Student presentations are also especially encouraged! Registration for all students is free, and student speakers receive a complimentary one-year membership in the MAA. More information on student activities, and a special flyer for student recruitment purposes, will be included in the Spring Newsletter.
Textbook publishers and other vendors will also be displaying their wares at the meeting, with ample opportunity to browse provided. Please encourage book reps to contact Sylvia Hobart and take advantage of this captive audience!
MAA books will also be on display, with the opportunity to purchase books at discounts below membership prices! Not only does this save you money, but the section will receive a 10% "rebate" on all orders placed at the meeting.
A Speaker Response Form can be found on page 11 of this newsletter. Registration and hotel information will be mailed early in the Spring semester.
For more information about the meeting, or to make suggestions concerning the program, please contact Program Co-Chair Sylvia Hobart <firstname.lastname@example.org>.
The deadline for submission of abstracts for the 2002 Spring Section Meeting is March 1, 2002.
Proposals received from students and MAA members after this date will be scheduled on a first-come, first-scheduled, space-available basis.
Proposals from non-members who are sponsored by MAA members must reach the program organizers by the deadline to be included in the program.
As in past years, the default talk length will be 20 minutes. Every reasonable effort will be made to accommodate requests for other talk lengths, as well as other scheduling preferences, within the constraints of the schedule.
For non-electronic submissions, please use the Speaker Response Form located on the following page. E-mail equivalents of this form are encouraged! Please be sure to include all requested information if using e-mail.
Topic suggestions for special sessions, panels and open discussions are also being accepted at this time. Please see page 9 of this newsletter for a description of special sessions currently proposed for the program.
If you are interested in organizing a special topic session, panel or open discussion or if you know of a topic which would be of particular interest for the meeting please contact Program Co - Chair Sylvia Hobart email@example.com, 307 - 766 - 4159.
Speaker Name .
Mailing Address .
Email Address Phone Number .
Faculty Sponsor* .
MAA Member Sponsor** .
Title of Talk: .
Abstract (100 words or less): .
Is this talk intended for any of the following special sessions?
Interesting Ideas in Number Theory and Geometry .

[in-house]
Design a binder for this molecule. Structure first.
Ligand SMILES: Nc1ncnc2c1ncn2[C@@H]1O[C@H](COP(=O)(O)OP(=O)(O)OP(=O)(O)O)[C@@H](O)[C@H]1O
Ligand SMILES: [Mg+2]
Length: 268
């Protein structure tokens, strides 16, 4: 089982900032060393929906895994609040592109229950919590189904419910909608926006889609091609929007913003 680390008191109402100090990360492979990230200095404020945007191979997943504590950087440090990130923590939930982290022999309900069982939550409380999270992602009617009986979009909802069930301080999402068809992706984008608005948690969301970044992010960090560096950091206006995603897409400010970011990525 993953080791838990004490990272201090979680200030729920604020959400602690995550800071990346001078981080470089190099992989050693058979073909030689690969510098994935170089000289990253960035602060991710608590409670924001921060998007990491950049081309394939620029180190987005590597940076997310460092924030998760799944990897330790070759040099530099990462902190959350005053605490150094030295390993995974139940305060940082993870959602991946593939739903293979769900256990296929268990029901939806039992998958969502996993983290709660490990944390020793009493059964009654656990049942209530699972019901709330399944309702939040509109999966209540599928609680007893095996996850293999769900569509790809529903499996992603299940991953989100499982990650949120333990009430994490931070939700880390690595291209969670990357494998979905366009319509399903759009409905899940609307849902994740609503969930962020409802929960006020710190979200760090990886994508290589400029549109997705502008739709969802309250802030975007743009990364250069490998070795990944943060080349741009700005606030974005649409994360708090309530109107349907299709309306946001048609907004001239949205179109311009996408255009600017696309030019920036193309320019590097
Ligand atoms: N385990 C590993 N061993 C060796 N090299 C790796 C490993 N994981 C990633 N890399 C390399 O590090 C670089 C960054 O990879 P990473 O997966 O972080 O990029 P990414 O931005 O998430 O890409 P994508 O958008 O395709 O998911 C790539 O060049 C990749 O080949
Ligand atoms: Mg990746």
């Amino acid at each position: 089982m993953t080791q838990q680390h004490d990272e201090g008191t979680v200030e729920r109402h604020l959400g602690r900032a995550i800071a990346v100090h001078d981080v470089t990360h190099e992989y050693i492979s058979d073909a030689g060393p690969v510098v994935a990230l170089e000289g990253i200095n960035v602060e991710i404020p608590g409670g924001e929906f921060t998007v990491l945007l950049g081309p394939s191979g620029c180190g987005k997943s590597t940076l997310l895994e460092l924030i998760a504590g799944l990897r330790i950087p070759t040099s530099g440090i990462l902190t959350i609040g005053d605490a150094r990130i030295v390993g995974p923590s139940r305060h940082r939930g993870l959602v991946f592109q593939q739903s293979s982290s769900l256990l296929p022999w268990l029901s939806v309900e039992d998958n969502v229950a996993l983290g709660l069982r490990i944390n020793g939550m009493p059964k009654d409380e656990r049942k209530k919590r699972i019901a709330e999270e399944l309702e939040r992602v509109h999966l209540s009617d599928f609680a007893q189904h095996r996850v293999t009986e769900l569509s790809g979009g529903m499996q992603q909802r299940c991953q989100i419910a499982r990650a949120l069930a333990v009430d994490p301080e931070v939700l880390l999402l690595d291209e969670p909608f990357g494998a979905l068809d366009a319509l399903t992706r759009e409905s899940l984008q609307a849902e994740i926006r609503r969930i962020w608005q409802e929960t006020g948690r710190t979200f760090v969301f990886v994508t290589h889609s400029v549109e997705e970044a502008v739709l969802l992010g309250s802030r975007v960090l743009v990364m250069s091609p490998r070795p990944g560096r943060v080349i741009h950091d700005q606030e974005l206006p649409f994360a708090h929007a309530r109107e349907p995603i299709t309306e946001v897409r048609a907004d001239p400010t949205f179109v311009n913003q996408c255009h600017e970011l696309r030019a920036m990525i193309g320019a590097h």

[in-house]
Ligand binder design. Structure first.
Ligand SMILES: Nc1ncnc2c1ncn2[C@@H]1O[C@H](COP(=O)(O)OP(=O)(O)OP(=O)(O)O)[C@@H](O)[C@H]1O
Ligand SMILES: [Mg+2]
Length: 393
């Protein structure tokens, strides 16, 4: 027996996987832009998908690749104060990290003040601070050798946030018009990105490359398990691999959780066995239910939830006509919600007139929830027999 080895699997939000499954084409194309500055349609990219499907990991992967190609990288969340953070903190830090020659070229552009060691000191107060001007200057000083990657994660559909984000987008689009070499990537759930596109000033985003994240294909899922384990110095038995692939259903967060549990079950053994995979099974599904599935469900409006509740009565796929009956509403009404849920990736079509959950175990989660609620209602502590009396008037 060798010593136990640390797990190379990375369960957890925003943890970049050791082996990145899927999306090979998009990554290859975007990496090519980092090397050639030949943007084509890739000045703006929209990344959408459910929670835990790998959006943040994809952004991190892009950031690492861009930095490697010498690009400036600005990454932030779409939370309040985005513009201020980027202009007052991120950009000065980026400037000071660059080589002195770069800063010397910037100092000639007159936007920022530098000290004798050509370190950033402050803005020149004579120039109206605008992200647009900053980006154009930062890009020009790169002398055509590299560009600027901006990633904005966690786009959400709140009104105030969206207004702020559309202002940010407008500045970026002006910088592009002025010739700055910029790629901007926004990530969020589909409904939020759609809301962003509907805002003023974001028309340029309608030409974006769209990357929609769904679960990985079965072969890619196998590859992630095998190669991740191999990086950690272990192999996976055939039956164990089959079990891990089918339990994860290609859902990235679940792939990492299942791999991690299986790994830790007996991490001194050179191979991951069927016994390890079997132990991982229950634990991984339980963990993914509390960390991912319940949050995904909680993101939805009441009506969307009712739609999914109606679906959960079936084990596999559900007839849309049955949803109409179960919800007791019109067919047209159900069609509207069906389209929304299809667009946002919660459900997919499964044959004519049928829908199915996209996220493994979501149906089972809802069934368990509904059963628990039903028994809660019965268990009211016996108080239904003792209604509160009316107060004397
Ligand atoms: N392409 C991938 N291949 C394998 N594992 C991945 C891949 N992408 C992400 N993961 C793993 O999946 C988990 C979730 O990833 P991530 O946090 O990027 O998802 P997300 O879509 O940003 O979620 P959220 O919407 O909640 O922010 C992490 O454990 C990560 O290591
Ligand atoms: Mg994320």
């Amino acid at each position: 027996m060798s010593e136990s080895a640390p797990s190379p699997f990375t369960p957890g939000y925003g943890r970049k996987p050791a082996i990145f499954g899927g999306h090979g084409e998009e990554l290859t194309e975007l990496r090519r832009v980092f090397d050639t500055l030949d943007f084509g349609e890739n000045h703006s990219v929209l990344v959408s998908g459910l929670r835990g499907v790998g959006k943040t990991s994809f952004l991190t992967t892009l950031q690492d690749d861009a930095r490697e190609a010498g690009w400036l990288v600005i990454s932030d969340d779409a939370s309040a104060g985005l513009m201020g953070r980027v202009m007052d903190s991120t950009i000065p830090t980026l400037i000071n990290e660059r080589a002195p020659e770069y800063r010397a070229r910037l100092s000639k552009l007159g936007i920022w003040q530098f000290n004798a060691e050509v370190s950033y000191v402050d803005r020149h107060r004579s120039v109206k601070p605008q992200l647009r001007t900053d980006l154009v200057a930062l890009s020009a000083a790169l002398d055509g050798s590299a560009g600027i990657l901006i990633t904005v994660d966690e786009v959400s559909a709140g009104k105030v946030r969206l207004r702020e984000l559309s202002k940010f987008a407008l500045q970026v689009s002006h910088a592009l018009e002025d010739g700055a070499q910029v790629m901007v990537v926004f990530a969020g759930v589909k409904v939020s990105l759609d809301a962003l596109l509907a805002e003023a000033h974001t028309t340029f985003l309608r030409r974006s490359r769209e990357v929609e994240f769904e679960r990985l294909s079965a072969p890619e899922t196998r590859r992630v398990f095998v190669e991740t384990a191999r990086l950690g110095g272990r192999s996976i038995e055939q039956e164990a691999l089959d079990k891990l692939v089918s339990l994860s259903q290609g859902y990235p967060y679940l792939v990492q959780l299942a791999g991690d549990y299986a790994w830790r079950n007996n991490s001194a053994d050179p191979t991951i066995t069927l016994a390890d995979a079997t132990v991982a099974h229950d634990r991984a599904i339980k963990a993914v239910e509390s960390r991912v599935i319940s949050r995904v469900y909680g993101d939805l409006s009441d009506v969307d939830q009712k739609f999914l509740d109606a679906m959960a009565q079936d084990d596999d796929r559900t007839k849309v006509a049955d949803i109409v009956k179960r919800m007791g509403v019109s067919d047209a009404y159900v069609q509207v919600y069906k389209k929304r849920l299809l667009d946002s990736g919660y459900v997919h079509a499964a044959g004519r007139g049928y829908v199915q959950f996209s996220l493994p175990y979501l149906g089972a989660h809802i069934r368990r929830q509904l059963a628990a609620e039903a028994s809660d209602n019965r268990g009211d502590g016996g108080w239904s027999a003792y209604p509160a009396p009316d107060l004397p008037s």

Innovative Courses .
Training of Teachers of Mathematics .
History of Mathematics .
Special Equipment Needs: .
Schedule Preference Request: .
Special Talk Length Request: .
PLEASE RETURN THIS FORM OR AN E-MAIL EQUIVALENT TO:
(Note: e-mail submissions are strongly preferred.)
Professor Sylvia Hobart
Department of Mathematics
University of Wyoming
Laramie, Wyoming 82071-3036
* For student speakers only ** For non-MAA members/non-students only
501 Chinese mathematician and astronomer Tsu Ch'ung Chi dies.
801 Abu Yusuf Yaqub ibn Ishaq al-Sabbah Al-Kindi is born in Kufah, Iraq.
901 Al-Sabi Thabit ibn Qurra al-Harrani dies on February 18 in Baghdad.
1201 Nasir al-Din al-Tusi is born on February 18 in Tus, Khorasan (now Iran).
1401 Nicholas of Cusa, author of the Alfonsine Tables, is born in Kues, Trier (now Germany).
1501 Girolamo Cardano, author of Ars Magna and Liber de Ludo Aleae, is born in Pavia. Indian mathematician Nilakantha Somayaji writes his treatise Tantrasamgraha.
Summa author Luca Pacioli teaches at the University of Bologna during 1501-02.
1601 Pierre de Fermat is born on August 17 in Beaumont-de-Lomagne, France.
Florimond de Beaune, author of the first important introduction to Descartes' cartesian geometry, is born on October 7 in Blois, France.
Astronomer Tycho Brahe dies in Prague, Bohemia; Kepler assumes his post.
1701 Bernard Lamy publishes his Traité de perspective.
Leibniz submits Essai d'une nouvelle science des nombres to the Paris Academy;
this is his first publication in analytic geometry.
Machin uses an improved method to obtain 100 digits of p.
Jakob Hermann, a distant relative of Euler, becomes a member of the Berlin Scademy.
William Whiston is appointed assistant to Newton at Cambridge.
Luigi Guido Grandi discusses the conical loxodrome,
the curve that cuts the generators of a cone of revolution in a constant angle.
1801 Gauss publishes Disquisitiones Arithmeticae, computes the orbit of Ceres that
leads to it being rediscovered, and proves Fermat's conjecture that every
number can be written as the sum of three triangular numbers. (A slow year!)
Peter Barlow begins publishing mathematical articles in the Ladies Diary.
Lazare Carnot publishes De la correlation des figures de géométrie.
J. Fourier returns to France with the remains of Napoleon's expeditionary force.
Amédée Mannheim retires from teaching at Ecole Polytechnique at the age of 70.
1901 Russell discovers "Russell's paradox" in naive set theory.
Runge-Kutta method for numerically solving ordinary diff. equations is proposed.
Lebesgue formulates the theory of measure.
L. Dickson publishes Linear groups with an exposition of the Galois field theory.
Lazzerini calculates p by throwing needles (á la Buffon) 34080 times.
Earle Hedrick becomes an instructor in mathematics at Yale University.
Frobenius completely determines the characters of alternating groups.
Hermite dies on January 14 in Paris.
A. Erlang receives doctorate from Göttingen; Hilbert supervises hisdissertation.